Why Cam Newton is unacceptable to the mainstream 

Cam Newton
Cam Newton

For many football fans, the sport is the epitome of unspoken ideals and values like athletic superiority, sportsmanship and prejudices that are now being challenged by Cam Newton. On the field, Newton has achieved unparalleled success but it is his off-field behavior that has many mainstream media outlets portraying him in an unflattering light. It’s all a part of the unspoken, manufactured issue of race in today’s sports.

It’s because Newton represents one of the main things that white media hates – pronounced Black swagger. It intimidates many to see a Black man who has money, power and fame, especially one who takes the lead in the most famous sporting competition in America, the Super Bowl. Cam Newton does not bow down to his critics and continues to rock hip-hop fashion and is a celebrity based on his positive merits.

For many, seeing a Black man take pride in his victories and not being humble is irritating. This has always been the case for Blacks in sports – from heavyweight boxing champion Muhammad Ali to tennis superstar Serena Williams. Black excellence in sports is something that mainstream media has a problem reporting on because of the narrow minded nature of America.

A quarterback represents leadership, superior skill and intellect. But a Black quarterback challenges that mindset because Black players are “all muscle and no brain.” In the case of Cam Newton, not only does he prove that he is the best but he is also leading the Carolina Panthers, a predominantly Black team. To add to the tension in today’s game is the fact that Newton will be up against an aging Peyton Manning of the Denver Broncos. This will be Manning’s fifth appearance at a Super Bowl and the white man vs. the young buck cannot be denied. Newton is unapologetically Black, supremely confident, and a threat to the legacy of the great white quarterback Manning and this for some is unacceptable.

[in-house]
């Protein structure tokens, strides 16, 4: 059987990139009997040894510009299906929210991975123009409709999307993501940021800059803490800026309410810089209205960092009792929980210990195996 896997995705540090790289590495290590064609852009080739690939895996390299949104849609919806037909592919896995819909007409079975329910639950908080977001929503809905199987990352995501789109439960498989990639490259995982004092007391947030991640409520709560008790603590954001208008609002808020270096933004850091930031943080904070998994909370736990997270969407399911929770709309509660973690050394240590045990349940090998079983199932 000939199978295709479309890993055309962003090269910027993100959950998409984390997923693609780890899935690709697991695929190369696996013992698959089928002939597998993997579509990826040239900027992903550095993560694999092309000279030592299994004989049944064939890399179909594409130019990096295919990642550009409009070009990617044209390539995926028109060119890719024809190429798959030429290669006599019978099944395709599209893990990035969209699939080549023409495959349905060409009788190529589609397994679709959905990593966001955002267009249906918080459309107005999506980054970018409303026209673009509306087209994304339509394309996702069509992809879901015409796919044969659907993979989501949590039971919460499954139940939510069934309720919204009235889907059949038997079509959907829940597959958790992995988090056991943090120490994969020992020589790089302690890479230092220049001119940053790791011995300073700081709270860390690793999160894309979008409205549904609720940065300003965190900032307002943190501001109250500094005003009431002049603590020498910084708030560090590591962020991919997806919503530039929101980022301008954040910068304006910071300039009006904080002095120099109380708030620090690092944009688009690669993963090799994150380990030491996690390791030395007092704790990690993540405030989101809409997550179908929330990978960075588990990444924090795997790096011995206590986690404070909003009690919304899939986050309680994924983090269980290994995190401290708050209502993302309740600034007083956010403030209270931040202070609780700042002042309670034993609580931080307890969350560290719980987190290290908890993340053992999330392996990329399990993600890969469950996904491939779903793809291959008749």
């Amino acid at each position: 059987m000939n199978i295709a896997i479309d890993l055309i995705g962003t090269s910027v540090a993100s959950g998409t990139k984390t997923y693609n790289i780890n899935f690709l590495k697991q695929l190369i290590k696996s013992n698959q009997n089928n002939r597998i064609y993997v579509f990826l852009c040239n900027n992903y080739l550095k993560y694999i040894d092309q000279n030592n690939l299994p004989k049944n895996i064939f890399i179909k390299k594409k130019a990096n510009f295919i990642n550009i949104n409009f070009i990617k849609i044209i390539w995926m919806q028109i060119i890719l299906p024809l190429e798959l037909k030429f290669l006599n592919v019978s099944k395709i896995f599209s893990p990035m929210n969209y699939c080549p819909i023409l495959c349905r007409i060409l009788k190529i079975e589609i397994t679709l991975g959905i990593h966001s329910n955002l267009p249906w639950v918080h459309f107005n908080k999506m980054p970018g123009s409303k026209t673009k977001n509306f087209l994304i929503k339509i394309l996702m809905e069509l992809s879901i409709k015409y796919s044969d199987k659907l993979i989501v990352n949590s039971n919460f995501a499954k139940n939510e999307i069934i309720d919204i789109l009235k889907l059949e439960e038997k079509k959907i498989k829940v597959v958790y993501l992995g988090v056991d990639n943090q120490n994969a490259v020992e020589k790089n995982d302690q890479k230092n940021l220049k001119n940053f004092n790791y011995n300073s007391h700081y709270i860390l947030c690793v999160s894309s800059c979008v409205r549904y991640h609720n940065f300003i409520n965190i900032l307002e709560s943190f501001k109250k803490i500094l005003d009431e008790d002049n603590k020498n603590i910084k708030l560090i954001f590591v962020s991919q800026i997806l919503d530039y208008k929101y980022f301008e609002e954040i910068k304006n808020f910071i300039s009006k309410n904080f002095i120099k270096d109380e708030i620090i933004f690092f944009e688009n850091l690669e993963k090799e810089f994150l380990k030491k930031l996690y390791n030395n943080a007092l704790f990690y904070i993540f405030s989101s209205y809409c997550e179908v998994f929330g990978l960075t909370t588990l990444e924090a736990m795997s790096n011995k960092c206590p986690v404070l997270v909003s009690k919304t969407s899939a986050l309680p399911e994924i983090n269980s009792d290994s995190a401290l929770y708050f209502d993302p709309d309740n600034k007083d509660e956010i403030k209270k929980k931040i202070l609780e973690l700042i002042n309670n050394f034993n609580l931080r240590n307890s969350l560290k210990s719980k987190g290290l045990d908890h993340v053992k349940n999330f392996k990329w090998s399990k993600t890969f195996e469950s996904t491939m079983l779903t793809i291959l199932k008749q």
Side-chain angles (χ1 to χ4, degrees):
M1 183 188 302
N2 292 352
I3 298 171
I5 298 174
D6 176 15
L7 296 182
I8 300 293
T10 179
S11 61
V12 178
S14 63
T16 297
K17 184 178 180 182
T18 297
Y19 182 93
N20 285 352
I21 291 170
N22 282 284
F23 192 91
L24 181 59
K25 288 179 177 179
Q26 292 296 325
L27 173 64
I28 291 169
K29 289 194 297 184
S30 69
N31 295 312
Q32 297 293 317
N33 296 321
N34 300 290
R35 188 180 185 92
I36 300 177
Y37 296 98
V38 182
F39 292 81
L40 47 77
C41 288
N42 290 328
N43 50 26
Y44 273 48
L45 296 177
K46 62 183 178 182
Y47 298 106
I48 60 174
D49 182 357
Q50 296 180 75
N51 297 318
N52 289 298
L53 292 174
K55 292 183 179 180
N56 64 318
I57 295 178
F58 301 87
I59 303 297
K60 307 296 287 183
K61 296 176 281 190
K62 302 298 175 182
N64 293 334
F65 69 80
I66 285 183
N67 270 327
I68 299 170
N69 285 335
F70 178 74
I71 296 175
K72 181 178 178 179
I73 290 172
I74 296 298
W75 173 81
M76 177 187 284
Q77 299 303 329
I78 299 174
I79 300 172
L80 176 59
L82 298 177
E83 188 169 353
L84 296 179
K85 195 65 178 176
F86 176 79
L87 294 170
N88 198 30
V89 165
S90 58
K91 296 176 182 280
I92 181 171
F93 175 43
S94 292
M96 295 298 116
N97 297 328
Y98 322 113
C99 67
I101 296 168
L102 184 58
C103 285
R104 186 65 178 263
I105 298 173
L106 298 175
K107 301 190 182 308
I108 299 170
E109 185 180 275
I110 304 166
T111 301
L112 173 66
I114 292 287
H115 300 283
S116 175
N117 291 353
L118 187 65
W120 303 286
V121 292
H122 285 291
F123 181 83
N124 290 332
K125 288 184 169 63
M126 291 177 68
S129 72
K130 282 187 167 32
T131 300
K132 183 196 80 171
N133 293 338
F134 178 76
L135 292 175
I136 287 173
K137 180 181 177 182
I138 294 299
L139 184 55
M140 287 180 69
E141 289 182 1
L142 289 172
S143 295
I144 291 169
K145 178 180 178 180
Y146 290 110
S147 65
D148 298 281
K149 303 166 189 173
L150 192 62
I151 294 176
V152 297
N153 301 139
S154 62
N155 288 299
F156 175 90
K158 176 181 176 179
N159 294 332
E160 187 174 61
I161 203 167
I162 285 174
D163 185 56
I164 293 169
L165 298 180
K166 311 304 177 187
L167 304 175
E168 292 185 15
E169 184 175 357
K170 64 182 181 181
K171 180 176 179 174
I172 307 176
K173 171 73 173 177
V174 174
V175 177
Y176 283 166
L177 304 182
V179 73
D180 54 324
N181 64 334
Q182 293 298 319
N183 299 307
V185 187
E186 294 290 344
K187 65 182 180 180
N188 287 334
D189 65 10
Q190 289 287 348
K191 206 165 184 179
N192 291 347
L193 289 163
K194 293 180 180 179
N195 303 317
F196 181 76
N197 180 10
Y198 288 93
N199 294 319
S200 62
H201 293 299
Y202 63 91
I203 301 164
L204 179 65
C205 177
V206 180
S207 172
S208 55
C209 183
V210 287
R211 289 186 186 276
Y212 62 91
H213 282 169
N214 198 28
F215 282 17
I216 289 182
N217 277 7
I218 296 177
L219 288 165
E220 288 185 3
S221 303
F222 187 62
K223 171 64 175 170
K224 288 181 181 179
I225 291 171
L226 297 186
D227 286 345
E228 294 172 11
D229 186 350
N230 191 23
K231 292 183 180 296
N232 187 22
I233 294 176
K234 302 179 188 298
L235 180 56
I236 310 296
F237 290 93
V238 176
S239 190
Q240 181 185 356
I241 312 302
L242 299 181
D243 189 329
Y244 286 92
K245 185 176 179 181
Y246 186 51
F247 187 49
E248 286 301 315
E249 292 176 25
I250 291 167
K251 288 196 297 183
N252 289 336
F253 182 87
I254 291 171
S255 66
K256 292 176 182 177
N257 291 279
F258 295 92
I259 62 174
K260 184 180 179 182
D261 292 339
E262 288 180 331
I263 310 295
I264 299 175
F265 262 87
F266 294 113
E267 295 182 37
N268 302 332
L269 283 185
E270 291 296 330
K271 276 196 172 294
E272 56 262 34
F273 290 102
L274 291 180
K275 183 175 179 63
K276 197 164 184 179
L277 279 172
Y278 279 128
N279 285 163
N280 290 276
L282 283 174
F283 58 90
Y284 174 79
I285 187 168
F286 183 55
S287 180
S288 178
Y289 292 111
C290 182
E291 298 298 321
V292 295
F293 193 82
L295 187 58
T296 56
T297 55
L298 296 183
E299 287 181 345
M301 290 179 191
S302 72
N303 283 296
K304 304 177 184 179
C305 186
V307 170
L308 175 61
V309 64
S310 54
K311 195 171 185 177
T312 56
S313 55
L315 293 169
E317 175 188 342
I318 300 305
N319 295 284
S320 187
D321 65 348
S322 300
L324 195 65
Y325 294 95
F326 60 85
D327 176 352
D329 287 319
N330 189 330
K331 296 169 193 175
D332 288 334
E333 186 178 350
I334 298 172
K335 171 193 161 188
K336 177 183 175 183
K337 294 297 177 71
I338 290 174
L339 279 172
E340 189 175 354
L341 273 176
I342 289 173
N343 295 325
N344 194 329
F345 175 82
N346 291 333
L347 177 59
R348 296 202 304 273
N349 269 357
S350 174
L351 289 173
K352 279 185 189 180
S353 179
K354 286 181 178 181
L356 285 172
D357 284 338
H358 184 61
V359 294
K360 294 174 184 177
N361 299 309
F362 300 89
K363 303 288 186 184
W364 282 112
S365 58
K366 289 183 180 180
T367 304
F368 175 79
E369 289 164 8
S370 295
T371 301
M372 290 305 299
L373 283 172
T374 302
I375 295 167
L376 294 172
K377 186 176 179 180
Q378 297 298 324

Mo Barnes
Mo Barnes

Maurice "Mo" Barnes is a graduate of Morehouse College and Political Scientist based in Atlanta. Mo is also a Blues musician. He has been writing for Rolling Out since 2014. Whether it means walking through a bloody police shooting to help a family find justice or showing the multifaceted talent of the Black Diaspora I write the news.



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